What reading wal can result in `BusyError: database is locked`?
(1) By 6kEs4Majrd on 2020-06-21 08:36:16 [link] [source]
I got the following error when I read the journal_mode (in python apsw).
if c.execute('PRAGMA journal_mode;').fetchone() != 'wal': File "src/cursor.c", line 1019, in APSWCursor_execute.sqlite3_prepare File "src/statementcache.c", line 386, in sqlite3_prepare apsw.BusyError: BusyError: database is locked
Since I just read something from the database, why does it matter whether the database is locked or not? Thanks.
Because if the database is locked, you cannot read it.
Suppose a row is being written while you're trying to read it. You might get one field from before the change and another from after the change.
Or suppose you are reading a selection of rows and you get some rows from before a change and others from after a change. You might get an inconsistent picture from half way through a change.
So a database must be locked against reads while it is being updated.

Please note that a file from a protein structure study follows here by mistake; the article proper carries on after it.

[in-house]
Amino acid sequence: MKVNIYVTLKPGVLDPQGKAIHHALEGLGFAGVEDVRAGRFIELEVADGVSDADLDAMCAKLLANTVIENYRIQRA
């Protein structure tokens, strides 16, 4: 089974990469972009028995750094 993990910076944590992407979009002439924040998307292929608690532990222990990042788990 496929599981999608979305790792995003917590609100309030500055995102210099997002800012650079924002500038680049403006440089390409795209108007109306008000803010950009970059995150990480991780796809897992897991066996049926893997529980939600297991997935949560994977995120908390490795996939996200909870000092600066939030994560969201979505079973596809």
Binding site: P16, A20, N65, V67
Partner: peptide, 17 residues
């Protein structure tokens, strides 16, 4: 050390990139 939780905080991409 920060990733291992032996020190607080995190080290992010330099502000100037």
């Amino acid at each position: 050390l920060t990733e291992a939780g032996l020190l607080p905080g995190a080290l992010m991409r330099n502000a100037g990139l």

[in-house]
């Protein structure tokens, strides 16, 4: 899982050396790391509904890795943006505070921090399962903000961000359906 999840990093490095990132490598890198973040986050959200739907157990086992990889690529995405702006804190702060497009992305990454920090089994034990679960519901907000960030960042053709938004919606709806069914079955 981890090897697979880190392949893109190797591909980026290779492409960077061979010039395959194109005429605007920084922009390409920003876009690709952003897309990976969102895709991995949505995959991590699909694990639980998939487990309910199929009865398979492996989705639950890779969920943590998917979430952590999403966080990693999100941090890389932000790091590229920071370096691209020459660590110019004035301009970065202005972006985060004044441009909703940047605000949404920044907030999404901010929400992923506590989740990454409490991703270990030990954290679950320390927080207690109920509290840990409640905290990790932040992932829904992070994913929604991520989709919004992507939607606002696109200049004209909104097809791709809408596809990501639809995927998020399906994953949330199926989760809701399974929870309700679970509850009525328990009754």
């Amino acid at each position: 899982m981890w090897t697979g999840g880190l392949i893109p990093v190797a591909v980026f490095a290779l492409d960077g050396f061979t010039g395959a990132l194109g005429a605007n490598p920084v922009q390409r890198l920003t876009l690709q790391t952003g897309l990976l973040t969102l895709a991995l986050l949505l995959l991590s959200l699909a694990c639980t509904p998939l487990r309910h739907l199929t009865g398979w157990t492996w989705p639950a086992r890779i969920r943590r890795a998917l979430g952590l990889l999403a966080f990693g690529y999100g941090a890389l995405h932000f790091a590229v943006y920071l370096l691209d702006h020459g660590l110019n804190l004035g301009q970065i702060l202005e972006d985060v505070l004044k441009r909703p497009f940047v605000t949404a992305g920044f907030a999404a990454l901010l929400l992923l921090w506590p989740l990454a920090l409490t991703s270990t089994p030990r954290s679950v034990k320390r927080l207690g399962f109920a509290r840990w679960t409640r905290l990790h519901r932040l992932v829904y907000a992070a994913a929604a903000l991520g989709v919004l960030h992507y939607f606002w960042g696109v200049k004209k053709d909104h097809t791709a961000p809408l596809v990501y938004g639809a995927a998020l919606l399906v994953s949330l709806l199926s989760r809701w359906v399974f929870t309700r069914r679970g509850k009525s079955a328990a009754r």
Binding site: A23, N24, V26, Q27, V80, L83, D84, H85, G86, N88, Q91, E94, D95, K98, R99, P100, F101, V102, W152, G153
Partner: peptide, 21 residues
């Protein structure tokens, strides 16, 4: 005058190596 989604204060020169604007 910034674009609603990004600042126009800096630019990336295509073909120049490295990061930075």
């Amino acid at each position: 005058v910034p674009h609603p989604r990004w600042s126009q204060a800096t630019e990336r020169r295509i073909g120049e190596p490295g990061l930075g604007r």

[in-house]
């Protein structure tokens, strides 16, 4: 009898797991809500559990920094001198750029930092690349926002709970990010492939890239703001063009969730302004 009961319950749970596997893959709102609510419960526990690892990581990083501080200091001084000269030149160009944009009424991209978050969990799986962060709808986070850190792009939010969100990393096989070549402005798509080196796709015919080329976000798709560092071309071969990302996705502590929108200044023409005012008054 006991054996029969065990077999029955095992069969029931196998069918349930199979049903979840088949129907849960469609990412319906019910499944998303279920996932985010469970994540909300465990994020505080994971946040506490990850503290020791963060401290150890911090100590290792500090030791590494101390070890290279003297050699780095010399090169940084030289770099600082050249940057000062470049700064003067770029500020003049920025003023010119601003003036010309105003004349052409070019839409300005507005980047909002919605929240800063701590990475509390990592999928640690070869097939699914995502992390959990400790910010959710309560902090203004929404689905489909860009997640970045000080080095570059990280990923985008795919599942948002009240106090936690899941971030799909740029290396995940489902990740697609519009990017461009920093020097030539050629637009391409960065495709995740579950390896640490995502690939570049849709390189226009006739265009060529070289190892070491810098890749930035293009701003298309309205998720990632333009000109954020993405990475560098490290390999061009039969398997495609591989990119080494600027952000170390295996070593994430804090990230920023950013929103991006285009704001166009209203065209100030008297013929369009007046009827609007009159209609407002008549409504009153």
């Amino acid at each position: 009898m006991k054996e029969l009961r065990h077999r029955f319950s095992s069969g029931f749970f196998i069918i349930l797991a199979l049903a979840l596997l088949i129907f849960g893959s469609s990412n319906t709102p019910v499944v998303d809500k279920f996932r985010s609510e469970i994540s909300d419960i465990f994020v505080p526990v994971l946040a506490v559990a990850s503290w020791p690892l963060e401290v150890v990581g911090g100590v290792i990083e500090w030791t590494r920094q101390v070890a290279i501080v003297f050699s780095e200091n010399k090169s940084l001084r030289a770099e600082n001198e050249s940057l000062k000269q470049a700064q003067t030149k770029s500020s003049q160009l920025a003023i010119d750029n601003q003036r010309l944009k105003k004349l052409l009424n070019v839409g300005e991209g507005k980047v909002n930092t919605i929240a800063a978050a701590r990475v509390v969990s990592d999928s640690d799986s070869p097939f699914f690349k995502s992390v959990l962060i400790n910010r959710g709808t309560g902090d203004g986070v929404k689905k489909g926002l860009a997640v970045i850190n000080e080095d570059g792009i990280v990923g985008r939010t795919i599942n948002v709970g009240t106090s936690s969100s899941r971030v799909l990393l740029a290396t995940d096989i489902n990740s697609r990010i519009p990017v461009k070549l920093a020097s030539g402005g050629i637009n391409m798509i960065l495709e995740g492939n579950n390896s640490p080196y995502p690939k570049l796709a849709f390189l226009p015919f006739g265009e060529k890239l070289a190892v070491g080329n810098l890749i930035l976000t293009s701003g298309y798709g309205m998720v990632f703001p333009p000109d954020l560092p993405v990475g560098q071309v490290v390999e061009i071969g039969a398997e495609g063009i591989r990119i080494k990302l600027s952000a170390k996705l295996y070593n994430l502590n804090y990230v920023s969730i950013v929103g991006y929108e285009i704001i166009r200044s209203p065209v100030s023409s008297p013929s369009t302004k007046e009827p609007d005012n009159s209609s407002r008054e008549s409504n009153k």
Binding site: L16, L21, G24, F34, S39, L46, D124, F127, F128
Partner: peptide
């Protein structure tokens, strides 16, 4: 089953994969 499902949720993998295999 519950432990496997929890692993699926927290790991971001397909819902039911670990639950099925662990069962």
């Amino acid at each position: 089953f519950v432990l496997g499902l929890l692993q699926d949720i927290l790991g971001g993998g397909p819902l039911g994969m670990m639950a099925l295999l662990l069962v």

(4) By 6kEs4Majrd on 2020-06-21 22:42:57 in reply to 3 [link] [source]
I only add rows to the database when the database is updated in other processes. So the wal is not affected. In this case, is there a way to relieve this restriction so that I can read the state of wal?
Your problem is not precisely stated, so it is hard to know what is going on. Please know that in WAL mode, a connection should be able to read the database at any time, regardless of what other connections are doing with the database at the same moment.
There are some rare exceptions to the above. For example, if the system takes a power loss in the middle of a transaction, then the next time the database file is opened, it must be recovered. This recovery is completely automatic. However, while the first process to open the database is busy running recovery, no other processes will be able to access the database file.
There are other equally obscure exceptions.
Without knowing more about your situation, we cannot easily speculate on why you are having difficulty.